The Debs are happy to welcome guest author Kelly O’Connor McNees today, whose debut novel, The Lost Summer of Louisa May Alcott, is a fantastic mix of fact and fiction. Kelly studied Louisa’s letters and journals and wove together the story of a summer that would change the course of Louisa’s writing career and inspire the famous love story in Alcott’s masterpiece, Little Women. The Lost Summer of Louisa May Alcott has won rave reviews from the Washington Post and from the likes of author Meg Waite Clayton, who called it “a wonderfully imagined, lively novel of first love.” Kelly is a former editorial assistant and English teacher. Raised in Michigan, she now lives with her husband in Chicago. Please make sure to check out the terrific trailer for the book here! And welcome, Kelly.
History was never my favorite subject in school. It seemed completely dead to me: a succession of discrete events, names, and dates that had no connection to my life. In one high school history class, we painstakingly copied outlines off overhead transparencies written in wax pencil. Dozens of transparencies each day. The teacher—let’s call him Mr. Gusto–would drone, “Everybody done?” before he placed the next plastic sheet on the hot glass. Sometimes he’d find a mistake or misspelling, lick a tissue, and smear the erroneous text out. Ew.
As the clock ticked at a glacial pace I would entertain an elaborate fantasy that I might somehow slyly fashion a rope ladder from the shoelaces of nearby students and a few of the sweatshirts hanging over the backs of chairs. Then, when beleaguered Mr. Gusto’s wax pencil broke and he turned his back to grind away at it in the wall-mounted sharpener, I’d make my move, leaping out the window to freedom. I never actually did this, of course, but it was so clear in my imagination that it was almost as if I had.
Now, wait a minute, you might be thinking. Didn’t you write a historical novel? Yes, I did. Because, thanks to some more reading and some better teachers, I realized something that stopped my past-loathing self in her tracks: History is about people. History is about individuals, their relationships, their choices, and the way they collide with circumstance.
Which means that history is about stories.
This changed everything. If history was about stories, it could have drama and suspense and comedy and tragedy and plenty of the unexpected. There would be blood and guts, love and betrayal–and lots of great clothes. Why hadn’t Mr. Gusto told us about any of this? Who knows. Maybe he didn’t know.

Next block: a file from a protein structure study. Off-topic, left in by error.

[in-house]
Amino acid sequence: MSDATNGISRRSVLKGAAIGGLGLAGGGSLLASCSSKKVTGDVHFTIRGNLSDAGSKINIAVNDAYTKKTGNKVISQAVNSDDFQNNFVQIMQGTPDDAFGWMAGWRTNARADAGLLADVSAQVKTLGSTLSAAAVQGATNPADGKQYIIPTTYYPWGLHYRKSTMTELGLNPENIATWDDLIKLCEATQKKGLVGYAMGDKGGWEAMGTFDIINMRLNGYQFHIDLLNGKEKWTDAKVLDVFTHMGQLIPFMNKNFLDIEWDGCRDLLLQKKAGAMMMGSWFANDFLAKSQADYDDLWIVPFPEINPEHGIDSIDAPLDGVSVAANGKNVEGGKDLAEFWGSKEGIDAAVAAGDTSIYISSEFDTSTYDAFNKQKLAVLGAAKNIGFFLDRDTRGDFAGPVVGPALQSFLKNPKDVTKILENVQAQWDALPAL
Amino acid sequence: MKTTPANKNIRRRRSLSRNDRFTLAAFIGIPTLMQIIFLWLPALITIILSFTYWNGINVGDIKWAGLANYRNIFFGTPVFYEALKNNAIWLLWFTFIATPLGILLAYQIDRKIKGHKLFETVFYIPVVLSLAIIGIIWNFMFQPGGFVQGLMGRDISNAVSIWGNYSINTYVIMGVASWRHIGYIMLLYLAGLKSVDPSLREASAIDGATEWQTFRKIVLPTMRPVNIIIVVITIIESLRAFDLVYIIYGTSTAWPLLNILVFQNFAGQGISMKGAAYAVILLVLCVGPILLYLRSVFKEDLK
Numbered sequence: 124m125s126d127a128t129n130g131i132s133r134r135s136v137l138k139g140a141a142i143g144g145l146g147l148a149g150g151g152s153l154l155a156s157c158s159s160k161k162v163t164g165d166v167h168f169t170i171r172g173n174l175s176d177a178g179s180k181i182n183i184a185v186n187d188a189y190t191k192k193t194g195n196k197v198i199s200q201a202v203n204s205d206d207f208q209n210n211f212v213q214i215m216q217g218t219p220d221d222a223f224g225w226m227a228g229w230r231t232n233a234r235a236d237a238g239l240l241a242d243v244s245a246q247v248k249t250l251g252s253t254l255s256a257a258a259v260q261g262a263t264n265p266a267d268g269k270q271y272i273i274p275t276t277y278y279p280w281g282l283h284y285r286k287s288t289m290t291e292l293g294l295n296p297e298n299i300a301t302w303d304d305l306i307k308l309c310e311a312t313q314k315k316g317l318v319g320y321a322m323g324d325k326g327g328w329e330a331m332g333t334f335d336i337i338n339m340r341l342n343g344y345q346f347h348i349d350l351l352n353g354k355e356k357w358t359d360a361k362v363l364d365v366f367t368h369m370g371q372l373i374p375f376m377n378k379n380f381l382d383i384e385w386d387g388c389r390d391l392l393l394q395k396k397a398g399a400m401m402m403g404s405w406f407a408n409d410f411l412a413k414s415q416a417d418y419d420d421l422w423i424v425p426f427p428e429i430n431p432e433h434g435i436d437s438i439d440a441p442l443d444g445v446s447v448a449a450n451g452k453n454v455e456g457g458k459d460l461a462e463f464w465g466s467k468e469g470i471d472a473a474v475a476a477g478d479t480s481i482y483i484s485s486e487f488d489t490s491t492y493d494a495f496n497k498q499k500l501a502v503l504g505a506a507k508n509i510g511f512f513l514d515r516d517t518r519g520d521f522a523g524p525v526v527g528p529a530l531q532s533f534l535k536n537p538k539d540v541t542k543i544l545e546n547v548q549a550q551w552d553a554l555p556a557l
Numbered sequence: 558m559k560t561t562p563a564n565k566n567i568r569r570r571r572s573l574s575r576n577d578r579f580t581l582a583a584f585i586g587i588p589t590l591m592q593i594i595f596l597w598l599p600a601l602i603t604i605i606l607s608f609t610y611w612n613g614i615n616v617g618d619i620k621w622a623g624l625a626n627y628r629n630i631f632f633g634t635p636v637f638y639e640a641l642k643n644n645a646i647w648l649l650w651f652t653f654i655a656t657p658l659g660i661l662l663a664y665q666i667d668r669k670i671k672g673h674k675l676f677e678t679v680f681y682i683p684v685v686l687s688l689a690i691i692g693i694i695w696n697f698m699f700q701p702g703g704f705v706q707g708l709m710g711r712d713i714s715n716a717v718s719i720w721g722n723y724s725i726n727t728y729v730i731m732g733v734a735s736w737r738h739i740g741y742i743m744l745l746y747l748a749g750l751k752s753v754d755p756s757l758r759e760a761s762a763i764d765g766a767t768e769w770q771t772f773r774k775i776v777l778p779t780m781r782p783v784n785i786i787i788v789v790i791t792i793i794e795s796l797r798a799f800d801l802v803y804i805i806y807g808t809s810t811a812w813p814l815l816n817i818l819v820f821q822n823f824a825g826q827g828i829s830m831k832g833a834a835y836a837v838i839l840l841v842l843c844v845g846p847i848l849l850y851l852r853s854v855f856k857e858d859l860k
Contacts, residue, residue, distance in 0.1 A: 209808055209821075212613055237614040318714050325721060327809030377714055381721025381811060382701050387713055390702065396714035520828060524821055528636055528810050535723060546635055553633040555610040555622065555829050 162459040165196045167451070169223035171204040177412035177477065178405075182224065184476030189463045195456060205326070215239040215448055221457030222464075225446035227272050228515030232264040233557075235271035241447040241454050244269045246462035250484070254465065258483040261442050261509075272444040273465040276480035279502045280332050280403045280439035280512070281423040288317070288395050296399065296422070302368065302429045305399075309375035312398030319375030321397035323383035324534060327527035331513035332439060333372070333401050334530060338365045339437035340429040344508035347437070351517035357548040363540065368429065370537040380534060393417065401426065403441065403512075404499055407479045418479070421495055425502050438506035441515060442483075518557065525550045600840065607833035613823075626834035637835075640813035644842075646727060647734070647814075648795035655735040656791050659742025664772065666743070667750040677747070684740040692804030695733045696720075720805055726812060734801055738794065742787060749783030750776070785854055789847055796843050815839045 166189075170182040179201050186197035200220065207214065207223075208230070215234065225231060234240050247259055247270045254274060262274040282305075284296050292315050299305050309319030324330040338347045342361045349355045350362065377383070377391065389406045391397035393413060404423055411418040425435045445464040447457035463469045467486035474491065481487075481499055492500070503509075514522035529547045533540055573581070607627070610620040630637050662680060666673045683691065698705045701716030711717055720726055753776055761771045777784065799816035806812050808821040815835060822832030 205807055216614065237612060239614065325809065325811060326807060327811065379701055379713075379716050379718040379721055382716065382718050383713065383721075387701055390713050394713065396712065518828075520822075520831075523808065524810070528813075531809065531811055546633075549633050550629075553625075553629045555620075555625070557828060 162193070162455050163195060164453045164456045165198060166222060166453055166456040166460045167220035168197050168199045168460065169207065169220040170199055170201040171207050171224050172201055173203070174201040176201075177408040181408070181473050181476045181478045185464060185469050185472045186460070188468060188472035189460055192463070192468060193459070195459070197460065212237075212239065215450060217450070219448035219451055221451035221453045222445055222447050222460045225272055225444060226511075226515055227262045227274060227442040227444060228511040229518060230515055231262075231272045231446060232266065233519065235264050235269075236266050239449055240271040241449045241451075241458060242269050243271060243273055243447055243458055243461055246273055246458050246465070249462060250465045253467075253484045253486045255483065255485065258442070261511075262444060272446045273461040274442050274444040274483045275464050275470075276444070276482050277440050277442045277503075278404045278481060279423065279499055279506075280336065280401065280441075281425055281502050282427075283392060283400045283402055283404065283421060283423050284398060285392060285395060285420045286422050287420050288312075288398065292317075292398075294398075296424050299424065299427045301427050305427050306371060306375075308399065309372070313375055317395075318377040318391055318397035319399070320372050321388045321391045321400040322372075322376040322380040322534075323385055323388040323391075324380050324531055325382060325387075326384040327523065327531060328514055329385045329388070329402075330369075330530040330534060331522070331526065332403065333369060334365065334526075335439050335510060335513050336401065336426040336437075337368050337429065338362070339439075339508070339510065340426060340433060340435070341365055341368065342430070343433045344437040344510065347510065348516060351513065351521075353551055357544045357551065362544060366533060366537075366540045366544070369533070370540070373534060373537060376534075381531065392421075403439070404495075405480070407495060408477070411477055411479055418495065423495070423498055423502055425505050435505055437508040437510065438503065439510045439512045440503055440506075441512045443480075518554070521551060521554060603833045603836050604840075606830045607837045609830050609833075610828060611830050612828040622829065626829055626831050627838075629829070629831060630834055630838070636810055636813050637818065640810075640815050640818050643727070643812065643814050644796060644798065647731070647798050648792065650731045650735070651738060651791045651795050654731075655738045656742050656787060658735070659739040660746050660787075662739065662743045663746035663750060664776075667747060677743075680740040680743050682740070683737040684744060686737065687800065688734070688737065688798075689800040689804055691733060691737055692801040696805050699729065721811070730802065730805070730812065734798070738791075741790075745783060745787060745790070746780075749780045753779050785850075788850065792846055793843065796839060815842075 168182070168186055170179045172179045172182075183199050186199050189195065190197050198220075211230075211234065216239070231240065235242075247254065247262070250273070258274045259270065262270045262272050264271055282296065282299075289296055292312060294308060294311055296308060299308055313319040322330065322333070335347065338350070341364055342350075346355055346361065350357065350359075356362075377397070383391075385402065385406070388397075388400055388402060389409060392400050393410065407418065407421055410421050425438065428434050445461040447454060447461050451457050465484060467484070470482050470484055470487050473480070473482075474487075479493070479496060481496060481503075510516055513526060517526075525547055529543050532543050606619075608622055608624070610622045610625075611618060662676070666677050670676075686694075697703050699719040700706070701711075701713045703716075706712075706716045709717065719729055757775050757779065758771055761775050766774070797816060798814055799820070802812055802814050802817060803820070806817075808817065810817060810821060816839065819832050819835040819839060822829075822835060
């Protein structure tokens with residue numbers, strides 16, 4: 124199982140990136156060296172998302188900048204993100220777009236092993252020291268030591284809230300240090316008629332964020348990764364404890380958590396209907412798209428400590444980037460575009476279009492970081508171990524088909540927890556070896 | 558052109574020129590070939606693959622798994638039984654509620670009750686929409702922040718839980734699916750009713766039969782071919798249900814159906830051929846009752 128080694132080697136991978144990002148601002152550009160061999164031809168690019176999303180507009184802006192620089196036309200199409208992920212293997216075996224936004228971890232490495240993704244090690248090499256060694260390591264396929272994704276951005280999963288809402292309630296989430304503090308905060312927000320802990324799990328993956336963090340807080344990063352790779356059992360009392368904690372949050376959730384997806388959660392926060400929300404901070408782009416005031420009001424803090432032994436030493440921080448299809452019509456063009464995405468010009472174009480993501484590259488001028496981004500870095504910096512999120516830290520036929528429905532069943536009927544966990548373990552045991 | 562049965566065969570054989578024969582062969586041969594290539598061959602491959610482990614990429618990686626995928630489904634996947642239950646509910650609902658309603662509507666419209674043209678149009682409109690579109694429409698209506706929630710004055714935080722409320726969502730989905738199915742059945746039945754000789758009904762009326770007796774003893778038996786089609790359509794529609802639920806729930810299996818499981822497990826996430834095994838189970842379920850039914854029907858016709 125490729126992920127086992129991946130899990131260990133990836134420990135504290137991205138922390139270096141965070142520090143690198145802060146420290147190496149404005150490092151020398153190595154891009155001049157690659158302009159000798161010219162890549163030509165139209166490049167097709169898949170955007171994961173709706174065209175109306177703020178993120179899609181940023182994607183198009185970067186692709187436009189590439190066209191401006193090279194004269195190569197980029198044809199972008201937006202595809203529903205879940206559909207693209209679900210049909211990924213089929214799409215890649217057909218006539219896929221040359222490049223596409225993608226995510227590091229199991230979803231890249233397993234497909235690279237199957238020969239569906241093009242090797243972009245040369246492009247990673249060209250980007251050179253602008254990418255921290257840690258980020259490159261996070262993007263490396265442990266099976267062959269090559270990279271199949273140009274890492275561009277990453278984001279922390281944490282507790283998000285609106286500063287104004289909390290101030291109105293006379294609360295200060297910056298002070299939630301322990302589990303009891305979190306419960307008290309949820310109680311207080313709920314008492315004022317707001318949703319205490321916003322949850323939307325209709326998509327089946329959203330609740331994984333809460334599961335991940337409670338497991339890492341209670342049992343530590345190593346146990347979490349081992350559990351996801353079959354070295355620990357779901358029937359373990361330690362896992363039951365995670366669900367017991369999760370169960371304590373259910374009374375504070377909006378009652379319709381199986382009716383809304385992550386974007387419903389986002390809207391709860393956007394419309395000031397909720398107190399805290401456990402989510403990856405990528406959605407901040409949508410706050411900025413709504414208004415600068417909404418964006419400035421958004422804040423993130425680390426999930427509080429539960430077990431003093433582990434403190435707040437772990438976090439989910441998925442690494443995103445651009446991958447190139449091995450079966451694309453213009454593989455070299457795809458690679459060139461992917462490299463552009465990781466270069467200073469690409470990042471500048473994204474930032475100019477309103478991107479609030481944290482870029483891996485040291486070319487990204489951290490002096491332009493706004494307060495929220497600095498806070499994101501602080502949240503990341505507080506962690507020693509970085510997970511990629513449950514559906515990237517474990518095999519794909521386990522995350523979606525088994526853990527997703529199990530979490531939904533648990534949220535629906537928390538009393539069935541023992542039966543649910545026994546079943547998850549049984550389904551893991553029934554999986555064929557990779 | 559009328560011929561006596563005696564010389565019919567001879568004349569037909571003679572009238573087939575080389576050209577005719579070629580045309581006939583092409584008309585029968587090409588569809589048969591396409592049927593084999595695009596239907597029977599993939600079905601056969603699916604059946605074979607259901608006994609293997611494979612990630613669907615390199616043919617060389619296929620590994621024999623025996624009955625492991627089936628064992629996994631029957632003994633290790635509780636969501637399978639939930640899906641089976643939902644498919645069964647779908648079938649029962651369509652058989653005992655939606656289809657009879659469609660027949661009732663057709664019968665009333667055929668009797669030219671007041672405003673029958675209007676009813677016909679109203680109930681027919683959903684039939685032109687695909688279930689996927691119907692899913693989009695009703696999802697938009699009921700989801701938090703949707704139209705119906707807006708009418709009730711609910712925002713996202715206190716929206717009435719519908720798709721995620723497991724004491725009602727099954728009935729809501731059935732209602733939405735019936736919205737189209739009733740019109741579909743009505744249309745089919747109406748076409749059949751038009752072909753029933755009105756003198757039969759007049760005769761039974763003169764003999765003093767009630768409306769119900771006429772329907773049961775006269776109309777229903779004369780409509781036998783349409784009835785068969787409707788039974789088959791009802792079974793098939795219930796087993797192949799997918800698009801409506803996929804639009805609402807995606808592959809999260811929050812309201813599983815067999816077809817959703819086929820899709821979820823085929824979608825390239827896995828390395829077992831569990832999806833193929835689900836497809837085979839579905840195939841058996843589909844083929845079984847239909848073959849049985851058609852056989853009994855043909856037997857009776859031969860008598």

A couple years ago I started reading biographies of Louisa May Alcott with an eye toward writing a novel about her. I had always loved Little Women, and I knew Louisa also had a life as a suffragette and abolitionist, alongside her philosopher father Bronson Alcott. The more I read about Louisa–what she dreamed of and how those dreams were complicated and thwarted and sometimes fulfilled by circumstance and choice–the more I wanted to build a story around her life.
I kept reading, but I felt my imagination stalling out. I couldn’t find an entry point into the story. It was kind of like being back in Mr. Gusto’s class, copying down the dates. I was reading about her, but I wasn’t getting to the heart of who she was. I had lots of information, but I didn’t have a story.
What I needed, I could see, were Louisa’s own words. So I checked her collected letters and journals out of the library and combed through to find her voice. I wanted to know: What was the Louisa-ness of Louisa? Boy, did I find out! Here I was, reading the very words she wrote in the long, difficult years before she had any success as a writer, reading about her true and deep devotion to her sisters, her sadness at Elizabeth’s death, her loneliness after Anna’s marriage. She became a real person to me, a person with a story. And that was where my novel about her came from—not from her history but from her story, the story she told about herself.
Here is the passage I love more than all the rest, from a letter she wrote to her sister Anna in 1858:
I’m disgruntled with this letter; for I always begin trying to be proper and neat; but my pen will not keep in order, and ink has a tendency to splash . . . I have to be so moral and so dignified nowadays that the jocosity of my nature will gush out when it gets the chance, and the consequences are, as you see, rubbish. But you like it; so let’s be merry while we may, for tomorrow is Monday, and the weekly grind begins again.
A lot of the scenes in my novel and many of its characters are fictional, but the one aspect of the story I hope adheres to historical fact is Louisa’s own voice. Nothing I invented could possibly compete with the true spirit of this remarkable woman.
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